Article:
Daily Comment (October 14, 2021)

by Bill O’Grady, Thomas Wash, and Patrick Fearon-Hernandez, CFA

[Posted: 9:30 AM EDT] | PDF

Good morning.  Bank earnings reports are giving a bullish tone to the equity markets this morning.  Our coverage begins with the Federal Reserve; the FOMC released its minutes yesterday.  Economics and policy come next.  Inflation worries are rising.  Crypto news follows.  Our overseas coverage begins with a China update and the international roundup.  We close with pandemic news.

Federal Reserve:  The minutes of the September 22 FOMC meeting were released yesterday.  There were two critical points from the report.  First, the members agreed that tapering will begin before the year’s end and will likely end by mid-2022.  Second, the committee took great pains to note that balance sheet management and interest rate policy are separate.  There was a concern raised about inflation, and the members seemed to lean mostly toward price increases remaining elevated for a longer period.  The financial markets are well prepared for tapering, and the minutes had little effect on financial markets yesterday.

  • Vice-Chair Quarles is no longer in charge of the Fed’s bank supervision committee, as his term ended yesterday. For now, no one has been selected to take the position.  Quarles has suggested he would like to stay on as a governor (his term ends 10 years from now), although tradition dictates he step down.  We would expect pressure to be brought on him to resign.
  • Governor Bowman said yesterday that she sees risks of more persistent inflation. She is the governor representing community banks, and historically, this governor has been a reliable vote for the Chair.  Her comments may signal a shift in sentiment among the governors, which could lead to growing pressure to raise rates.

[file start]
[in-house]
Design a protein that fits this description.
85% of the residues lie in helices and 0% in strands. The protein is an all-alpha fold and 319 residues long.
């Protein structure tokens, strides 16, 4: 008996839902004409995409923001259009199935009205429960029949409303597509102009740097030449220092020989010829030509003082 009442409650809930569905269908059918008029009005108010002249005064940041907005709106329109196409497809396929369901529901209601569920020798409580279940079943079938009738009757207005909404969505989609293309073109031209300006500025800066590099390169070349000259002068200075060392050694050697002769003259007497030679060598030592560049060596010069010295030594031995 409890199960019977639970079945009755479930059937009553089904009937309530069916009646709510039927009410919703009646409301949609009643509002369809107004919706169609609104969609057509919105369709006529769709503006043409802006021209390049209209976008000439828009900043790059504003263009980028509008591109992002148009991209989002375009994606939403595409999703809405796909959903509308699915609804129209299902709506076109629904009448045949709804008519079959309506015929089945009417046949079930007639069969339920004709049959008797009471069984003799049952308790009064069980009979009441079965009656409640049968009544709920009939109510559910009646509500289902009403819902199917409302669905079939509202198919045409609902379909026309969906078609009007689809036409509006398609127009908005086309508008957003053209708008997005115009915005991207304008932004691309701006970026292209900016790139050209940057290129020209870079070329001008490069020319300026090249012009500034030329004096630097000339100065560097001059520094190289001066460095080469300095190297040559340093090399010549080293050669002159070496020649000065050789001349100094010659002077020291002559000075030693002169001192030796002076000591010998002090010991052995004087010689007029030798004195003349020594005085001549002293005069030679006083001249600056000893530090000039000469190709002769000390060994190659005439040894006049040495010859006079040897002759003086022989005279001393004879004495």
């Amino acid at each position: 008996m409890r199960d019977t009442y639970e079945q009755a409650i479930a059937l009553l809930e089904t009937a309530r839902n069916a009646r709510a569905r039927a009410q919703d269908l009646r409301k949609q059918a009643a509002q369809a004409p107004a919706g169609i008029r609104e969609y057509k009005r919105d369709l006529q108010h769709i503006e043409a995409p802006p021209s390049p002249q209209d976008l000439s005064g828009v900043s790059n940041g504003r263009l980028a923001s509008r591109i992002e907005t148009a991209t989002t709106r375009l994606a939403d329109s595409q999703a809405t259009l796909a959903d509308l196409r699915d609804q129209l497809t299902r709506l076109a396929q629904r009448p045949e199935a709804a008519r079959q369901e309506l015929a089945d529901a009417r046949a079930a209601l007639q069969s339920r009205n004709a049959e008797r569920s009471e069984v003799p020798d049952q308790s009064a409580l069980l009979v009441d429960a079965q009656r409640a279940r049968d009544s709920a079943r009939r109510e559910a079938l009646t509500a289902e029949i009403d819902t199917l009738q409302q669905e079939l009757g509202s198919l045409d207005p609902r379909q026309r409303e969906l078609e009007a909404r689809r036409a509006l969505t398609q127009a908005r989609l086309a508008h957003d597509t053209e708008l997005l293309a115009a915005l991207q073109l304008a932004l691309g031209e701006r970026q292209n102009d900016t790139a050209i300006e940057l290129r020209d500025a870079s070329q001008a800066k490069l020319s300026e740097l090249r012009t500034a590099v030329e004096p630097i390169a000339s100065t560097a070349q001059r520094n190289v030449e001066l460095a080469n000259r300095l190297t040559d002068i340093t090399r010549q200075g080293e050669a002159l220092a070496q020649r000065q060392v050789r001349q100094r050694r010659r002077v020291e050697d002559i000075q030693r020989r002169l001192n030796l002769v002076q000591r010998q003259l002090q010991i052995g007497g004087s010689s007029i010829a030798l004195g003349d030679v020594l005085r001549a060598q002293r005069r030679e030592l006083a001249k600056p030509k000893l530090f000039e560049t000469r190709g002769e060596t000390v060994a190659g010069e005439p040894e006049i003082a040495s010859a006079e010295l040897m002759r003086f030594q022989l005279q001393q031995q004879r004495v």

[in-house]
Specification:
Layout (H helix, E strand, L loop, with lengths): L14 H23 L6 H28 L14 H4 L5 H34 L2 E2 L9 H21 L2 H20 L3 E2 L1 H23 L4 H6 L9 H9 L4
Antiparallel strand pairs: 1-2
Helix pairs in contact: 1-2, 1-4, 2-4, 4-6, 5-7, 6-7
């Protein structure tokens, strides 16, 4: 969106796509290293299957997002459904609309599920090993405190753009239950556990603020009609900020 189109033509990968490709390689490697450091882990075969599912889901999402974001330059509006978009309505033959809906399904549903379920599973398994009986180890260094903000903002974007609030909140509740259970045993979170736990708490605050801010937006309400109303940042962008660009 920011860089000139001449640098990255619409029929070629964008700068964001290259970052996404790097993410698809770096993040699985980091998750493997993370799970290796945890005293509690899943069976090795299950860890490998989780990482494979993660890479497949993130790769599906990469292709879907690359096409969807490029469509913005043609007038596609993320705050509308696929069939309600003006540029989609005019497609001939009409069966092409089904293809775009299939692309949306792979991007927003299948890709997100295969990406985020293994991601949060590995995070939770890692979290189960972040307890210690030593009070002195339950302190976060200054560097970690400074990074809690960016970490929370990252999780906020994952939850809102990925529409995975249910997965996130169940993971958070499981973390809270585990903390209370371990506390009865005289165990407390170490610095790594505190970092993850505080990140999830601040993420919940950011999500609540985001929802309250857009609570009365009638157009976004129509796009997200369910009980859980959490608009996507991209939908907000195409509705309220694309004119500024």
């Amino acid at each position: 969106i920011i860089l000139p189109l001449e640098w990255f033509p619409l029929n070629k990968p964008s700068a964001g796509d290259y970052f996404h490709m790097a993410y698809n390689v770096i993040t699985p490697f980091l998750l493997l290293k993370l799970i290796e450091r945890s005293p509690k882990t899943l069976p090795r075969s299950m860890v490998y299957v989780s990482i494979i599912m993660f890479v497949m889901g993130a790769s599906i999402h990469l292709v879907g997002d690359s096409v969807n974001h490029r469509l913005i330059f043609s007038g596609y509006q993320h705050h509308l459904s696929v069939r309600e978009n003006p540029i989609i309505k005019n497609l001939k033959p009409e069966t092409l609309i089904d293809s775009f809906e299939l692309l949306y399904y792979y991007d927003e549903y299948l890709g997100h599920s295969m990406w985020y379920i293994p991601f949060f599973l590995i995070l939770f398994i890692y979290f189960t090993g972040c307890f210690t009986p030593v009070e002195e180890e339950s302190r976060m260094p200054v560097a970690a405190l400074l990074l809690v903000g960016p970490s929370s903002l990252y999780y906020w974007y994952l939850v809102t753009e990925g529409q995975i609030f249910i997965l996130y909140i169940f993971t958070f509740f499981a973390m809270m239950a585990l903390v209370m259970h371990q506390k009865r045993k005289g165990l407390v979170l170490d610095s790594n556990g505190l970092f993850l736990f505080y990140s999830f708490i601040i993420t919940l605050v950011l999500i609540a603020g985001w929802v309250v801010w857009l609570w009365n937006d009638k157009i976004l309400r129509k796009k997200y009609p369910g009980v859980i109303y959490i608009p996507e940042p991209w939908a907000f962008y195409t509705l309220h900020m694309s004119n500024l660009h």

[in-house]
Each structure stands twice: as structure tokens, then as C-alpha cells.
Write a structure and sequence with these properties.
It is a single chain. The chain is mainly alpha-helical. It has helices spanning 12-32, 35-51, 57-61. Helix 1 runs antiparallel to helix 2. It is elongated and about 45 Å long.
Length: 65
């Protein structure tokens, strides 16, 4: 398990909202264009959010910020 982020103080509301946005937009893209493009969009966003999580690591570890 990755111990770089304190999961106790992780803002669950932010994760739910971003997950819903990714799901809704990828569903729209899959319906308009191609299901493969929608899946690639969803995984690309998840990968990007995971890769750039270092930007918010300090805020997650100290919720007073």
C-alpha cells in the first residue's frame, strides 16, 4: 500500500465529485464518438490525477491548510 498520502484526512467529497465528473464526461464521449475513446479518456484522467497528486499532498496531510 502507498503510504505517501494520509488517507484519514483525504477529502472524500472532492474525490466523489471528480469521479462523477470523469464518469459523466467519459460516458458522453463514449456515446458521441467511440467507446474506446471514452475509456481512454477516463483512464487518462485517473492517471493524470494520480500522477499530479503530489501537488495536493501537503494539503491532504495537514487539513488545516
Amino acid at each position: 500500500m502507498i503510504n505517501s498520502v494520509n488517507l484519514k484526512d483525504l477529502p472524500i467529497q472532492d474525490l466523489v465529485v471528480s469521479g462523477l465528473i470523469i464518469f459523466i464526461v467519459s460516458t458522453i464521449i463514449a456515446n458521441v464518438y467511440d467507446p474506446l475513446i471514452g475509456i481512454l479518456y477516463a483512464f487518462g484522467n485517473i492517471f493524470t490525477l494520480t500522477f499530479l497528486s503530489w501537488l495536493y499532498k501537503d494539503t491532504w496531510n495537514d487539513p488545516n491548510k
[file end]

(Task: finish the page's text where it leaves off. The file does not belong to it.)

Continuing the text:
• The JOLTS report released earlier this week showed a couple of points worth noticing. First, even though openings fell, they remain well above the level of unemployed, meaning there are more jobs available than those currently out of work and looking to be hired.

Second, the quits rate suggests wage growth will be robust in the coming year.

This chart overlays the quits rate, advanced 12 months, to the yearly change in hourly earnings for non-supervisory workers.  The relationship would support wage growth in excess of 5% to 6% next year.

Economics and policy:  Inflation worries dominate.

Crypto:  The long-awaited ETPs for cryptocurrencies may be coming soon.  The bad news is that they won’t be grantor trusts, like precious metals, but futures-based, similar to most of the commodity ETPs.  ETFs based on futures usually trigger a K-1 for tax accounting.  Anticipation of approval is lifting volume in crypto futures trading.

China news:  China’s PPI jumps.

Fortunately, CPI was quite tame, rising only 0.3% from last year.  Over the past decade, the correlation between CPI and PPI in China is a mere 19%; from 1997 to 2010, it was 76%.

International roundup:  Brexit returns to Northern Ireland.

COVID-19:  The number of reported cases is 239,258,937, with 4,876,197 fatalities.  In the U.S., there are 44,684,338 confirmed cases with 719,546 deaths.  For illustration purposes, the FT has created an interactive chart that allows one to compare cases across nations using similar scaling metrics.  The FT has also issued an economic tracker that looks across countries with high-frequency data on various factors.  The CDC reports that 489,254,145 doses of the vaccine have been distributed with 404,371,247 doses injected.  The number receiving at least one dose is 217,627,490, while the number receiving second doses, which would grant the highest level of immunity, is 187,937,559.  For the population older than 18, 68.0% of the population has been vaccinated.  The FT has a page on global vaccine distribution.  The Axios map continues to show improvement in COVID-19 cases, especially in the south.  It appears that the real risk of infection is tied to being indoors.  If so, as the weather cools, we will likely see cases rise across the northern states.

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